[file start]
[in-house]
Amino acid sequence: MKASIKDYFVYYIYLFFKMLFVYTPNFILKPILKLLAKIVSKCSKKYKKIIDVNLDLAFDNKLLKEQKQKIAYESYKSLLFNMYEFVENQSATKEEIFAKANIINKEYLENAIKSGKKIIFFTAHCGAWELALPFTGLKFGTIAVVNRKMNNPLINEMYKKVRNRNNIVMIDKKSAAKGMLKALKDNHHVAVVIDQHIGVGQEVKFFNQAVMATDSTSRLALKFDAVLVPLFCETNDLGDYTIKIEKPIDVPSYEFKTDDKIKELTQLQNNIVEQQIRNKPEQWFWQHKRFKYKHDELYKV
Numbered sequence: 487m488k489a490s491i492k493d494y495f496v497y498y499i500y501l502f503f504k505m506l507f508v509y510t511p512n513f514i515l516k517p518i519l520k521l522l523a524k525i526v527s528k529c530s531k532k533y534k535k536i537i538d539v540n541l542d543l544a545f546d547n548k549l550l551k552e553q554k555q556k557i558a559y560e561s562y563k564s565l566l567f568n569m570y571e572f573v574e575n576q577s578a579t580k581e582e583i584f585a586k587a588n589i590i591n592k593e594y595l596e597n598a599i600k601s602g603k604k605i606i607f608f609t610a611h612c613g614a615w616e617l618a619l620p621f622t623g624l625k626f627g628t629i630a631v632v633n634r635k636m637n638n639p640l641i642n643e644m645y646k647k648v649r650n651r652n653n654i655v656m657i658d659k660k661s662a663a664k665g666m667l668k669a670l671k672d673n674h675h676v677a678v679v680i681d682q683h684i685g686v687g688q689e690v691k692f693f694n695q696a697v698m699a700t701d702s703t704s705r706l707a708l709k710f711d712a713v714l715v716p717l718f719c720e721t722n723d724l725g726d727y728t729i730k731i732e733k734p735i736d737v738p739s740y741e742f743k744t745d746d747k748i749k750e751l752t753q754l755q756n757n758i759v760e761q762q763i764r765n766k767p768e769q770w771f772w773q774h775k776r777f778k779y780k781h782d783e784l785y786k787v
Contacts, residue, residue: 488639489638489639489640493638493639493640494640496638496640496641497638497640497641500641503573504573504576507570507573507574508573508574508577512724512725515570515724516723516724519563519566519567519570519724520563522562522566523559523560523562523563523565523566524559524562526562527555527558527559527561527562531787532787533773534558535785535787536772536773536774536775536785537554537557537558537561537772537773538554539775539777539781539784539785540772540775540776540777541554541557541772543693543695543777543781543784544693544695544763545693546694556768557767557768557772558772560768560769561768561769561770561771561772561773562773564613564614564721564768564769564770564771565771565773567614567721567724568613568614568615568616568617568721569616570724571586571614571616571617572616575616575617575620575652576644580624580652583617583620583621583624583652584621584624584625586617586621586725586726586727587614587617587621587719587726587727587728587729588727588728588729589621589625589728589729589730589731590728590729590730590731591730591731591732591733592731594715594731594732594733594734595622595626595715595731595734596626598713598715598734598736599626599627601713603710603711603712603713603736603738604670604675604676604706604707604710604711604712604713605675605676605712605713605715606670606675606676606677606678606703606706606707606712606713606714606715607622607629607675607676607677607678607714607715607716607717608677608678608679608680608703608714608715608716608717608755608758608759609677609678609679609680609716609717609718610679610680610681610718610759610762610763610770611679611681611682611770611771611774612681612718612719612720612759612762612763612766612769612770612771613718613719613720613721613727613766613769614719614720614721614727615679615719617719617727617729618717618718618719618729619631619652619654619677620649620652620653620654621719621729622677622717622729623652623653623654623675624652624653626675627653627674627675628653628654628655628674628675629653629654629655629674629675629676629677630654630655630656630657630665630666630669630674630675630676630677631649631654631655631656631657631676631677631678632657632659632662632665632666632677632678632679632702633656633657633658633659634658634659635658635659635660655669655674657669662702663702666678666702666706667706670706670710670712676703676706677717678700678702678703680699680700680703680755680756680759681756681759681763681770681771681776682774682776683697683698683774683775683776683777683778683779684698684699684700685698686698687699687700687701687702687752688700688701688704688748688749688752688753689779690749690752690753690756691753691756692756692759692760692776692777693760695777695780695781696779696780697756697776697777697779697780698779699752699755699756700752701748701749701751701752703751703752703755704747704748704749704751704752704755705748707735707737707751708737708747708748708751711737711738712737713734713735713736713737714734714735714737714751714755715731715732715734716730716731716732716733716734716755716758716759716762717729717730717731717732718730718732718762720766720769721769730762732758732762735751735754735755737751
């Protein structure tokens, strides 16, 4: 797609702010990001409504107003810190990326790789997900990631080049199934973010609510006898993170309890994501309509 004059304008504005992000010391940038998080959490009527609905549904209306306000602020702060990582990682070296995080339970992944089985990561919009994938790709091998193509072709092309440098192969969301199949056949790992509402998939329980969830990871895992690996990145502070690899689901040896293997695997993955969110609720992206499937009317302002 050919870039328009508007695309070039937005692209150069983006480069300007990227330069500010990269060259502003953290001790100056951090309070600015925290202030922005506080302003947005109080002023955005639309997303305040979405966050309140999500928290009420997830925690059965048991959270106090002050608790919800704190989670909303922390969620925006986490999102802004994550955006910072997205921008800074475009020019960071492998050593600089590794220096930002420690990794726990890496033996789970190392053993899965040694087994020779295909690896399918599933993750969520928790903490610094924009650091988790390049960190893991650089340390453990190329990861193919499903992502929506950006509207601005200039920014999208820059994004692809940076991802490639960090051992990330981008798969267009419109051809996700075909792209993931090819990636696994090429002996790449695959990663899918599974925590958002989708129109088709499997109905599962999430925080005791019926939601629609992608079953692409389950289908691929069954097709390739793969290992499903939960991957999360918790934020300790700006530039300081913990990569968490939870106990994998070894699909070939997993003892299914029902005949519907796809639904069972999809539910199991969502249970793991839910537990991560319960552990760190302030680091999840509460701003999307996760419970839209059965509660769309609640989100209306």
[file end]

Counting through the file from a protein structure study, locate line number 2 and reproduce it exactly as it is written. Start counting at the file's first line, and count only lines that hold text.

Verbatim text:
Amino acid sequence: MKASIKDYFVYYIYLFFKMLFVYTPNFILKPILKLLAKIVSKCSKKYKKIIDVNLDLAFDNKLLKEQKQKIAYESYKSLLFNMYEFVENQSATKEEIFAKANIINKEYLENAIKSGKKIIFFTAHCGAWELALPFTGLKFGTIAVVNRKMNNPLINEMYKKVRNRNNIVMIDKKSAAKGMLKALKDNHHVAVVIDQHIGVGQEVKFFNQAVMATDSTSRLALKFDAVLVPLFCETNDLGDYTIKIEKPIDVPSYEFKTDDKIKELTQLQNNIVEQQIRNKPEQWFWQHKRFKYKHDELYKV